I consistently chose to follow my curiosity, which has led me to where I am today. If you want to succeed in the digital industry, you need to have a growth mindset. Seen the fact that the industry is evolving in an astoundingly quick rate, it’s crucial to stay current with the trends and forces in order to spot business opportunities. I believe taking responsibility for your own learning and development is key to success.

Why did you take on the role of Digital Innovation Strategist?

The reason for this is twofold. On the one hand, I got frustrated with businesses operating in the exact same way they did a couple of decades ago. Right now we are in the midst of a technology revolution, and the latest possibilities and limitations of cutting-edge technologies are evolving every single day. This means that companies need to stay current and act lean if they want to survive. On a more personal level, I noticed that I felt the need to use my creativity and problem-solving skills to their maximum capacity. In transforming businesses at scale, I change the rules of the game. I love breaking out of traditional, old-fashioned patterns by nurturing innovative ideas. This involves design thinking, extensive collaboration and feedback, the implementation of various strategies and tactics, validated learning, and so on. I get a lot of energy from my work because it is aligned with my personal interests.

Do you have a mentor that you look up to in your industries?

Yes, I look up to Drew Boyd. He is a global leader in creativity and innovation. He taught me how to evaluate ideas in order to select the best ones to proceed with. This is crucial because otherwise,you run the risk of ideas creating the criteria for you because of various biases and unrelated factors. He also taught me a great deal on facilitation of creativity workshops.

How would you describe your leadership style?

I tend to have the characteristics of a transformational leader. People have told me that my enthusiasm and positive energy is motivating and even inspiring to them. Even though I take these comments as a huge compliment, I am not sure how I feel about referring to myself as a leader. To me, it still has a somewhat negative connotation. I guess I associate the concept with being a boss who’s throwing around commands. But if a leader means listening to others and igniting intrinsic motivation in people, then yes, I guess I’m a charismatic leader.

Do you consciously or unconsciously support diversity and why?

Yes, one hundred percent. I believe that creativity and innovation flourish when a highly diverse group of people bounces ideas off each other. Diversity in terms of function, gender,and culture is extremely valuable, especially in the ideation phase of a project, as it can help to see more possibilities and come up with better ideas.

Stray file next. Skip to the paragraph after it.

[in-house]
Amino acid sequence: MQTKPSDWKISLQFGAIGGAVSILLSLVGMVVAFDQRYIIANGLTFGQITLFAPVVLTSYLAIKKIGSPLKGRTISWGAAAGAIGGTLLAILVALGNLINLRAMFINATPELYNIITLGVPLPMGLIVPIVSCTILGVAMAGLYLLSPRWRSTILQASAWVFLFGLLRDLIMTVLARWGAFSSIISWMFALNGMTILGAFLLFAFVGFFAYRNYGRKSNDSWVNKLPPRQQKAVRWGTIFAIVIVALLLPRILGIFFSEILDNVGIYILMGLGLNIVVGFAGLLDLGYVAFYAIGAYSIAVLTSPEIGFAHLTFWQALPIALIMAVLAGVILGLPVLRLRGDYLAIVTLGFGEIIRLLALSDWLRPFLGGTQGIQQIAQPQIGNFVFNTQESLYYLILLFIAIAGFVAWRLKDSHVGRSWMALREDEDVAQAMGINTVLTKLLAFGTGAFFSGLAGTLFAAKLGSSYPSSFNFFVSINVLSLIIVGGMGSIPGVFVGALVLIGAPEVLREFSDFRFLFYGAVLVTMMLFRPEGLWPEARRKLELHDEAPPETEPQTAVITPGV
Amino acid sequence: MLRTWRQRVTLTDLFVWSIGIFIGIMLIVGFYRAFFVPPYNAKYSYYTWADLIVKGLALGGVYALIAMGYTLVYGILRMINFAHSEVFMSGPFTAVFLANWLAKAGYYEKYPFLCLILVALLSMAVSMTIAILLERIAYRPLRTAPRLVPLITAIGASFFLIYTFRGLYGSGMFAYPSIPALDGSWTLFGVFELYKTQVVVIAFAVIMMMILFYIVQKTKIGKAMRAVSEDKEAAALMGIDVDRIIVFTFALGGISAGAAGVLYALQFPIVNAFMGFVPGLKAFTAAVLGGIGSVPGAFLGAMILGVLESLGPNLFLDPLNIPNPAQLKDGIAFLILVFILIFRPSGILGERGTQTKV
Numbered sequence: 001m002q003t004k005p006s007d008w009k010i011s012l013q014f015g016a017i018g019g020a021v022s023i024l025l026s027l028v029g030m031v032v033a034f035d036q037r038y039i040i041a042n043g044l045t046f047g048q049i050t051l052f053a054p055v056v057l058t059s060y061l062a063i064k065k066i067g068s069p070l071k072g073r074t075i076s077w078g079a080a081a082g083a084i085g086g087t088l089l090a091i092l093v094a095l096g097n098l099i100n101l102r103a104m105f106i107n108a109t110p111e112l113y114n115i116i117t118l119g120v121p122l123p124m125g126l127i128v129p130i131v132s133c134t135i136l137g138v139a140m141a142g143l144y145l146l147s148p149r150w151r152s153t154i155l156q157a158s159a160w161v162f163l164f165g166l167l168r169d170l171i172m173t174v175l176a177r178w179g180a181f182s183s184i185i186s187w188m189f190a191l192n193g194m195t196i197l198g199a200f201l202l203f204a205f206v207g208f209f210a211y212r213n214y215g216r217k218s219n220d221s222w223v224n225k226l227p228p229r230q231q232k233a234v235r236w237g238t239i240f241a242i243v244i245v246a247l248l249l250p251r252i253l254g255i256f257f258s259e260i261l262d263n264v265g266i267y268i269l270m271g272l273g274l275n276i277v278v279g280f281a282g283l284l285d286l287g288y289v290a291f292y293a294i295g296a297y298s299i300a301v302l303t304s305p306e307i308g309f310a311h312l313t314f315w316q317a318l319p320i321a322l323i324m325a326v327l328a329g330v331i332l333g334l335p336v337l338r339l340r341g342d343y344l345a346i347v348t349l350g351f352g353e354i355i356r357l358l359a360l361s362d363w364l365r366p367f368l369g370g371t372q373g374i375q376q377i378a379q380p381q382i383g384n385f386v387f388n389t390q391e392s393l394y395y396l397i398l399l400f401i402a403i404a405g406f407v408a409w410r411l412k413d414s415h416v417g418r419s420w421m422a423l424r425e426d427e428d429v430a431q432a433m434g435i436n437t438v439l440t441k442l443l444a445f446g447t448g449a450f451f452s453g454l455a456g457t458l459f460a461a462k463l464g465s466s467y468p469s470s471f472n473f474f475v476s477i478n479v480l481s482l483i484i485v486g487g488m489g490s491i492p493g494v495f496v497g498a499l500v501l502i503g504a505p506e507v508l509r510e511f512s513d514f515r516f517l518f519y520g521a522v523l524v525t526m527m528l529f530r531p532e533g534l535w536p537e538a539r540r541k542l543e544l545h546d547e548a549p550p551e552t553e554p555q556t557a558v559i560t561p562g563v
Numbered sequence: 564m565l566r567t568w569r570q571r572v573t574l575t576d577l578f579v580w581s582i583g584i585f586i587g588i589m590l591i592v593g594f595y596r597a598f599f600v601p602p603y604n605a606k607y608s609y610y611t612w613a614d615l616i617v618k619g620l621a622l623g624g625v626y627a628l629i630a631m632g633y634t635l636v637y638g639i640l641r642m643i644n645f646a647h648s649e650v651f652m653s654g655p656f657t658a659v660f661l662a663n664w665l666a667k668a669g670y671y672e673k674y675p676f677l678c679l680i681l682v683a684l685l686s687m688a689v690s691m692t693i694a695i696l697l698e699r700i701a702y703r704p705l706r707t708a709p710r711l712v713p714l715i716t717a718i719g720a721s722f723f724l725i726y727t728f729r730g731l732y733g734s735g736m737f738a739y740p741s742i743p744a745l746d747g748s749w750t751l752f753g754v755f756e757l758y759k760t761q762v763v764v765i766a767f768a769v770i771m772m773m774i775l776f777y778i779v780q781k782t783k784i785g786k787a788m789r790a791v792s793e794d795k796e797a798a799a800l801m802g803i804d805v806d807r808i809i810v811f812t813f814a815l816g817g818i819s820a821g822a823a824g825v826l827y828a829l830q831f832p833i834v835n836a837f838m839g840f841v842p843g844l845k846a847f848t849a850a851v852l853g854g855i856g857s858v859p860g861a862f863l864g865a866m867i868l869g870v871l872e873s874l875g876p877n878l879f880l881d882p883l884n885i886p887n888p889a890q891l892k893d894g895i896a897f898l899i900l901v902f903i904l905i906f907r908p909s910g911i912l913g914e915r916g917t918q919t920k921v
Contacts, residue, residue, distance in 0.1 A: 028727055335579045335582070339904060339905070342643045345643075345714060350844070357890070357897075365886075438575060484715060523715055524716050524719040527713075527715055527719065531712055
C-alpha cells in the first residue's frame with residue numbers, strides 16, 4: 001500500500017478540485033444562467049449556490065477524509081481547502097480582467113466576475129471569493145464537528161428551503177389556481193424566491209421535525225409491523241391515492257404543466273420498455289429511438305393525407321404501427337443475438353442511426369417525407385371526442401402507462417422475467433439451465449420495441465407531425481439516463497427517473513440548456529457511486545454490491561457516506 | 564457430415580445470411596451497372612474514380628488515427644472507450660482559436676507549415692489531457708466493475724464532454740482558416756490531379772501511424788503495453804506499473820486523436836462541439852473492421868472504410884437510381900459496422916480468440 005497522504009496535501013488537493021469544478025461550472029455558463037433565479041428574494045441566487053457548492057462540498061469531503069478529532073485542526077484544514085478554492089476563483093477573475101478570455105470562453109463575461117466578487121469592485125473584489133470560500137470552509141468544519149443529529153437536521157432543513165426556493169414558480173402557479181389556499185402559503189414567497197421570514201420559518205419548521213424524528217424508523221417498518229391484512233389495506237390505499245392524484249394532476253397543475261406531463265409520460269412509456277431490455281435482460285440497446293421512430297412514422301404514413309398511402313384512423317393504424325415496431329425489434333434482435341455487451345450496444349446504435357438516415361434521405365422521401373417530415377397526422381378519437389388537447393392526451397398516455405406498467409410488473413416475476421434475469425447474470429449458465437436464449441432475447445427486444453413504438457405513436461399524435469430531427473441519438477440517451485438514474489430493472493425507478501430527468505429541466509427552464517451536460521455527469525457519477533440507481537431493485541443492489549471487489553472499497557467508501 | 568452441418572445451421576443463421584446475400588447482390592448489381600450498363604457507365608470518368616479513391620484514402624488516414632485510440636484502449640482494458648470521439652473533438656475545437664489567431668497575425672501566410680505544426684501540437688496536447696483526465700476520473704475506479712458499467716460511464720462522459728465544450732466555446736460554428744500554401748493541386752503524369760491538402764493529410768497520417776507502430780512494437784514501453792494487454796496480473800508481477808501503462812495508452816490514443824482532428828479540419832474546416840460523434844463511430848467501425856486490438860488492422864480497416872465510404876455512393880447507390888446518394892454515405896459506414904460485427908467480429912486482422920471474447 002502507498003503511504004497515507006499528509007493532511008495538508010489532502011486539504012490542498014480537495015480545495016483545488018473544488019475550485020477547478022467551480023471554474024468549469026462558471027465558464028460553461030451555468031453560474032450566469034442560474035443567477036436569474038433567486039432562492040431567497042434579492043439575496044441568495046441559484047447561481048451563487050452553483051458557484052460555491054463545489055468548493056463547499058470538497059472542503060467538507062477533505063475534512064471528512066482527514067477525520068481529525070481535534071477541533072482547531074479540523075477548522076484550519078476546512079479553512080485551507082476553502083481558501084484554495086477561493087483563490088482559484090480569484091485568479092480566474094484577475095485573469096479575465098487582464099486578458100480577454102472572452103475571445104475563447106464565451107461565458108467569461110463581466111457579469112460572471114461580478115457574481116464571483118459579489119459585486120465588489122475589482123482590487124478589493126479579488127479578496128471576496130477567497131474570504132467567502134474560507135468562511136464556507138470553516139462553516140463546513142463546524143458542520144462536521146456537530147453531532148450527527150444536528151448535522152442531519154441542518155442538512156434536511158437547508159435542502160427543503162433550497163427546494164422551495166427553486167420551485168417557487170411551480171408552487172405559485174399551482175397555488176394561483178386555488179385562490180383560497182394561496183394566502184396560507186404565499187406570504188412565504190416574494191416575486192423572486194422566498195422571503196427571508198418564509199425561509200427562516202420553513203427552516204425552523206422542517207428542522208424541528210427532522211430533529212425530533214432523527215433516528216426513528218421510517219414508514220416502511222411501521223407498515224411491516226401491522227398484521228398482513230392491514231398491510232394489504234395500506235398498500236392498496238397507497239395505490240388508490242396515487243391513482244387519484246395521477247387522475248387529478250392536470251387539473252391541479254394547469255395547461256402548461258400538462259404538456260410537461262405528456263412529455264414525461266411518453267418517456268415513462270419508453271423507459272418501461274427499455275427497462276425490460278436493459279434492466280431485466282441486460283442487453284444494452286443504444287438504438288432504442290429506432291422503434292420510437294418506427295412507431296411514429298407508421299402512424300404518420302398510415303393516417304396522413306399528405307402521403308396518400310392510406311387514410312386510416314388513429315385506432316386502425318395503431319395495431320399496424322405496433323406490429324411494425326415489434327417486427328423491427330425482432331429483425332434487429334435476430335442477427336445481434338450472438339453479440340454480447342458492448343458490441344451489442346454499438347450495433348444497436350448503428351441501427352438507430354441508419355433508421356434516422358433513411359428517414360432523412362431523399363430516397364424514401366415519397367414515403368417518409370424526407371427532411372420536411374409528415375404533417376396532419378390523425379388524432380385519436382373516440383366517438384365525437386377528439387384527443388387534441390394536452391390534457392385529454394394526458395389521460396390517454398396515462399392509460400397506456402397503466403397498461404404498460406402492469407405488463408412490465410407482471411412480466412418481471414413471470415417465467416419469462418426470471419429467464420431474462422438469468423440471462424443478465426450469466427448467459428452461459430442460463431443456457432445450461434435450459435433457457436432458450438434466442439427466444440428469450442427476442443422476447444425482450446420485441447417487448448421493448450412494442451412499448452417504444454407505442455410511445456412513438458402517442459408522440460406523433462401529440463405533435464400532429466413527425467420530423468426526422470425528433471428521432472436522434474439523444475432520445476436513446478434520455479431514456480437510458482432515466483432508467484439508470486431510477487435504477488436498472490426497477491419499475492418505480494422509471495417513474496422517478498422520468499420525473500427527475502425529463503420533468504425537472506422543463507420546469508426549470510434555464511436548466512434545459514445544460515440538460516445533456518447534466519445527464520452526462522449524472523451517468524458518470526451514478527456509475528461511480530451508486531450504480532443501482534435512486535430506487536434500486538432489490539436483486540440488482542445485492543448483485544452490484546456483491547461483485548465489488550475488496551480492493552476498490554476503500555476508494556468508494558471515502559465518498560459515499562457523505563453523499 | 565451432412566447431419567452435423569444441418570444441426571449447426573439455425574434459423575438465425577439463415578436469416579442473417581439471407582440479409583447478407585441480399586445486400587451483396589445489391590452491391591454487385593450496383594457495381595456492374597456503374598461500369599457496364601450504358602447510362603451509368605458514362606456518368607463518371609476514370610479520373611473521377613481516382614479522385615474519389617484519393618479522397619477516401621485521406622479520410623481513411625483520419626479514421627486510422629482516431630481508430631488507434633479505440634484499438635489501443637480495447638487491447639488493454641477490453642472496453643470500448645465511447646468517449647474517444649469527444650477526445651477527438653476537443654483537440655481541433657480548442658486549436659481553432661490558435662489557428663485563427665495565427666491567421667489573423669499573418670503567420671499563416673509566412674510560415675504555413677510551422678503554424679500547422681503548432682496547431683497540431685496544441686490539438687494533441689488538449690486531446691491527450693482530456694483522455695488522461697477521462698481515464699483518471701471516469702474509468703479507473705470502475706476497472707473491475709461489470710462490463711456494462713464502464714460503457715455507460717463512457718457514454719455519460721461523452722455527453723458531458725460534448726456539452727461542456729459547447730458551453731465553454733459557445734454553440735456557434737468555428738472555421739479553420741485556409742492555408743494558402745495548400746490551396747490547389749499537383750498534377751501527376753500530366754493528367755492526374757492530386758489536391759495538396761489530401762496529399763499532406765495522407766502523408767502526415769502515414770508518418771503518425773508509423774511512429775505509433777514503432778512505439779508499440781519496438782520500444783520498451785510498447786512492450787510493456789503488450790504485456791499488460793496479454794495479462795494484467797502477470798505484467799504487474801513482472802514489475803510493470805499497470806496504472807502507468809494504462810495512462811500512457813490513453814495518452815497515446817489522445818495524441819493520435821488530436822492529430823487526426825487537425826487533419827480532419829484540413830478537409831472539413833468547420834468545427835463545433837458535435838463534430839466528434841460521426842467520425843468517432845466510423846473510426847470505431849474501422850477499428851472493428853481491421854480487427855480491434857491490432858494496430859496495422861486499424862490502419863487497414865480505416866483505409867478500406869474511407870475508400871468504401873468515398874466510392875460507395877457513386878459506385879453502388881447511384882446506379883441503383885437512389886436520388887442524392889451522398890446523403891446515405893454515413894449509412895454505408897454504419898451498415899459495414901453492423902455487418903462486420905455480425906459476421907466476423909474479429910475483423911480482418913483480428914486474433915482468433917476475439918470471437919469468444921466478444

Do you have any advice for others?

Yes, I have some pieces of advice I’d like to share.
First of all: Develop self-awareness. You can do so by actively seeking feedback from the people around you. This will help you understand how others see you, align your intentions with your actions, and eventually enhance your communication- and leadership skills.

Surround yourself with knowledgeable and inspiring people. They might be able to support you in reaching your goals, and help you grow both personally and professionally.

Ask “why?” a couple of times. This simple and powerful method is useful for getting to the core of a problem or challenge. Make sure to often remind yourself and your team of the outcome of this exercise to have a clear sense of direction and focus.

Data is your friend. Whether it’s extensive quantitative market research or a sufficient amount of in-depth consumer interviews (or both!), your data levels all arguments. However, always be aware of biases and limitations of research.

Say “Yes, and…” instead of “No”. Don’t be an idea killer. Forget about the feasibility and budget, at least in the ideation phase. Instead, encourage your team to generate ideas without restrictions. You can compromise certain aspects later.

Prioritization is key. There is just no way you can execute all your ideas, and, quite frankly, there is no point in trying to do so. Identify the high potential ideas and start executing those first.

Encourage rapid prototyping. Don’t wait too long to experiment, launch, and iterate your product or service. Fail fast and fail often. Adopt an Agile mindset.

If you’d like to get in touch with Tara Velis, please feel free to reach out to her on LinkedIn: https://www.linkedin.com/in/taravelis/

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Callum Connects

Marek Danyluk, CEO of Space Ventures